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Thread: A Simple Rifle For Simple Times

  1. #1
    Senior Member bae's Avatar
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    A Simple Rifle For Simple Times

    This is my new Sharps buffalo rifle. The Sharps rifle design dates from 1848, and in various forms, it served as a US service weapon for ages. The breech-loading falling-block action is fast and robust, and this was the "assault weapon" of its day. This is a copy of a Model 1874, which in original form fires a 45/70 Government cartridge, which will go through 8 inches of oak and a foot of wet sand at 3000 yards. The sights on the Sharps typically were high-tech-for-the-time contraptions that allowed for the rainbow-like trajectory required to hit anything at that distance. I shoot a full-sized one in competition, at ranges out to 1000 yards.

    The problem is, the 45/70 costs about $1 a shot to fire. And it's really loud. And people don't like it when you destroy the backstops at their range with your antique black-powder assault weapon.

    I've been waiting for this scaled-down model in .22LR to arrive for over two years now. It almost arrived last Monday, but the train it was coming on derailed!!!! It took them another day and a half to sort that out and get it out here. It seems to have survived the train wreck just fine.

    This one is more suited to shooting smallbore metallic targets at more modest ranges, as well as varmint control. Or for dealing with buffalo that have gotten really damp and shrunk. It will cost only pennies to shoot.

    General first impressions: Good overall workmanship. The fit of wood to metal is superb, the case-hardening of the lockwork is very well done. Double-set trigger is super good, lock-time is looong compared to a more modern weapon. Sights are quite useable, I plinked just a little on the way home and with CCI green-tag, accuracy was great, all the rounds went into the same hole at 50 yards, made a dime-size patch at 125 yards. Nice heavy octagonal barrel, perfect balance.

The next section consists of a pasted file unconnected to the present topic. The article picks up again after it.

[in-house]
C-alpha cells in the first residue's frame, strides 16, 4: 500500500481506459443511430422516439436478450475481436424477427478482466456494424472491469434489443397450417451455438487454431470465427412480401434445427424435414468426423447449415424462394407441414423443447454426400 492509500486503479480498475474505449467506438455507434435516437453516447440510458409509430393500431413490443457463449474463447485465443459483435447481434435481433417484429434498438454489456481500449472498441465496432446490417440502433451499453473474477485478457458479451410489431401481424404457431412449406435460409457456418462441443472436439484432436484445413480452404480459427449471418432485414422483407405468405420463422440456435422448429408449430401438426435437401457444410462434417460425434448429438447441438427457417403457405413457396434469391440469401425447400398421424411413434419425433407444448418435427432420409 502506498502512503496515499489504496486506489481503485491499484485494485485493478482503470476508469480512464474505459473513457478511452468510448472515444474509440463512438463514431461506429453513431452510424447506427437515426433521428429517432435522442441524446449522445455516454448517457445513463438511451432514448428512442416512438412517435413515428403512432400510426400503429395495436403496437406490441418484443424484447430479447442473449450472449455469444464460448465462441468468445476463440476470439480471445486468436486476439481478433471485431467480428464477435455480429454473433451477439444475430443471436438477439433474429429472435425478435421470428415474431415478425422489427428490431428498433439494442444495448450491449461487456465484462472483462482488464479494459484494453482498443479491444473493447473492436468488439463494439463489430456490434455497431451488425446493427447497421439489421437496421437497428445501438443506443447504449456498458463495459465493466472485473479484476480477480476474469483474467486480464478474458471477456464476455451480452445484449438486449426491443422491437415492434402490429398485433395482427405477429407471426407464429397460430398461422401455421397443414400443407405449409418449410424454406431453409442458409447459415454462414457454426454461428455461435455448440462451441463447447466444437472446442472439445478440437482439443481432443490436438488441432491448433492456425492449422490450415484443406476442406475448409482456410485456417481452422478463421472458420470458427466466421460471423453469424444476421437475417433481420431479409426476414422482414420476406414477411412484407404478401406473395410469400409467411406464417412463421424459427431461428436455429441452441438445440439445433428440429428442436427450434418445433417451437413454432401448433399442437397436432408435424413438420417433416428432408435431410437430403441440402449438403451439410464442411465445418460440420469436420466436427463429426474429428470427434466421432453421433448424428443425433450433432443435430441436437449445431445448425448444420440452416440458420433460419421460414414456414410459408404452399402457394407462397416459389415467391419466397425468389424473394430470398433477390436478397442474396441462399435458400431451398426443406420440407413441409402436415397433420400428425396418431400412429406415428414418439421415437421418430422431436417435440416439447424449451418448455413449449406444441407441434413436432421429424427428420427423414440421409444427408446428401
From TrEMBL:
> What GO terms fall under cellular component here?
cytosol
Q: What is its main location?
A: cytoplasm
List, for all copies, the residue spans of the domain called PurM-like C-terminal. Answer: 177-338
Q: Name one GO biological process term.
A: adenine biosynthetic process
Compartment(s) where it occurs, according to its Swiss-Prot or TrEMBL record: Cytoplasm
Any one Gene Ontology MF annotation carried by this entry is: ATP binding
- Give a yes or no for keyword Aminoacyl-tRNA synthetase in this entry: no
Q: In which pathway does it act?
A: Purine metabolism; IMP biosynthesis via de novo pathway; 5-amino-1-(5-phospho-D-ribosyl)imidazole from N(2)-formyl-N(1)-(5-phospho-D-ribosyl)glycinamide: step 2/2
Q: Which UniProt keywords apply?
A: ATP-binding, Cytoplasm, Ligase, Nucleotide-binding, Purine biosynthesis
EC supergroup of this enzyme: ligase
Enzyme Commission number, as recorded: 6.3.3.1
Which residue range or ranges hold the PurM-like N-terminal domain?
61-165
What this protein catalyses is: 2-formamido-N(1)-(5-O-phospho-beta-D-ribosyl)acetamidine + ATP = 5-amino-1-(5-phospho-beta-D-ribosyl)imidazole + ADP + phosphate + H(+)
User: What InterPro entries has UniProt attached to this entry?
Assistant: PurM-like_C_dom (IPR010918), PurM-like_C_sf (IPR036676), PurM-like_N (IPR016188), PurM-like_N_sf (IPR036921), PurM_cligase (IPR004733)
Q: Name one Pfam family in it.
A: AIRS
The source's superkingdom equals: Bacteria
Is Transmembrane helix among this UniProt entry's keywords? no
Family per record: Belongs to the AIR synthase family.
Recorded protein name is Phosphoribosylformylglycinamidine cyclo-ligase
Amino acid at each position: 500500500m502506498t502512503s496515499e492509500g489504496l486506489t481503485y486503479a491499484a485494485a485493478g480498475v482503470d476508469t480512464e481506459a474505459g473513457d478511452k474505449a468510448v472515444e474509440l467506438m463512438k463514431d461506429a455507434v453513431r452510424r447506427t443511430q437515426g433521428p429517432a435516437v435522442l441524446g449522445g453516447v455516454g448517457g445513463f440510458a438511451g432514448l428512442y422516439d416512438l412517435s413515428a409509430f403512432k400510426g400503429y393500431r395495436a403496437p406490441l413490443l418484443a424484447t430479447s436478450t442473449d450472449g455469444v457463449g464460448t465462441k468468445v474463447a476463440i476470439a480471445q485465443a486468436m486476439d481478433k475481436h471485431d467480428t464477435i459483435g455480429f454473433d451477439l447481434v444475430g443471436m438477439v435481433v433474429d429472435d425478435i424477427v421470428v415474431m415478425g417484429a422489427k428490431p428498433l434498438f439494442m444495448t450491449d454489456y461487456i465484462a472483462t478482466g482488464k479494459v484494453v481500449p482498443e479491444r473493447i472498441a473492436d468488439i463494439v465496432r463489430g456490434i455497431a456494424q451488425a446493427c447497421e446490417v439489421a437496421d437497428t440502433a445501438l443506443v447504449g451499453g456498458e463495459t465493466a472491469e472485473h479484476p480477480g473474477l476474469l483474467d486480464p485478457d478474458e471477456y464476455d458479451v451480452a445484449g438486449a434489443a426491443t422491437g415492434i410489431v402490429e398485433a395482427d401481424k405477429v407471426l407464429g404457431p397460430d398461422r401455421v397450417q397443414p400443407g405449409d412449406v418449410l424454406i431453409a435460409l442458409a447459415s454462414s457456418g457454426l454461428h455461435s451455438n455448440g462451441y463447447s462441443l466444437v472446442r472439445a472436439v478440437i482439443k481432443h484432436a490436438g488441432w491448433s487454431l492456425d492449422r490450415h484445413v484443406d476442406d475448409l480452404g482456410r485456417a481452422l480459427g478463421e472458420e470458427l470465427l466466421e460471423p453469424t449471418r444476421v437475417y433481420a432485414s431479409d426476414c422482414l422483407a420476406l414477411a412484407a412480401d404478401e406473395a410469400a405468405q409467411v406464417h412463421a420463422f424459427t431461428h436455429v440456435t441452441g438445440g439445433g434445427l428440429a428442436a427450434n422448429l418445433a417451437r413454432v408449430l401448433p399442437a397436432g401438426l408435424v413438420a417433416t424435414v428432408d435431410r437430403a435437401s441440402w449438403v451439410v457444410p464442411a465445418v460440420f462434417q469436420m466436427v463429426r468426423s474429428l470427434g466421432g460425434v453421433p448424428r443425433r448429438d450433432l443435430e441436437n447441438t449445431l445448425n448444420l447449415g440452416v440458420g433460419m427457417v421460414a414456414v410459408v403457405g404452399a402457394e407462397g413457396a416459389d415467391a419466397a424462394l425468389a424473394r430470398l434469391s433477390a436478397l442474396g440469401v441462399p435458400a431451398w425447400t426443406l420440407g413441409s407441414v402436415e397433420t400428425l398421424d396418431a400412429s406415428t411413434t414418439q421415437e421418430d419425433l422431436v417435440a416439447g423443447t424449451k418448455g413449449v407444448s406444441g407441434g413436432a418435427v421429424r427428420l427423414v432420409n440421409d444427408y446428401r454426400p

This'll put the fear of Buffalo Bill into all the space-age laser-and telescope-using race-gun guys at the next match.












  2. #2
    Senior Member razz's Avatar
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    Had to chuckle at this post. DH loves his weapons (some in my name as well) and when I remind him that he has not gone hunting for years and perhaps we can find new homes for these, I am reminded that the time is not yet. A beautiful weapon is a work of art in workmanship, ssn't it?
    "How will you serve the world? What do they need that you can provide? The effect you have on others is the most valuable currency there is." (Jim Carrey)

  3. #3
    Senior Member Madsen's Avatar
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    I have that same Tipton vise! Did you get yours from Midway?

    nice boomstick btw.

  4. #4
    Senior Member bae's Avatar
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    Quote Originally Posted by Madsen View Post
    I have that same Tipton vise! Did you get yours from Midway?
    Exactly so. One of my main mail-order suppliers :-)

  5. #5
    Mrs-M
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    I love picture threads even if I'm not up on the topic. I showed my husband the pictures last night Bae and he said he'd love to add a rifle like that to his collection. I wish my husband would sign up as a member here to talk guy stuff like guns and things. It's his passion. My husband guessed that the stock is either made of walnut or beechwood, is he close?

  6. #6
    Mrs-M
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    Even though my husband said "no way", my guess is the wood is mahogany or oak.

  7. #7
    Senior Member bae's Avatar
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    Quote Originally Posted by Mrs-M View Post
    Even though my husband said "no way", my guess is the wood is mahogany or oak.
    It looks very much like some sort of Walnut to me, but I'm Not A Wood Guy by any measure :-)

  8. #8
    Senior Member JaneV2.0's Avatar
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    Mighty handsome. May all your varmints outrun it...

  9. #9
    Mrs-M
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    Question Bae (for my husband). Due to the salt content in the air (where you live), do you have to use any special cleaning and protectant agents to ensure the longevity of exposed metal parts?

  10. #10
    Senior Member bae's Avatar
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    Nope, regular gun care products seem to do the trick. I prefer the silicone-type products for exterior protection, they don't get so gummy and attract goo.

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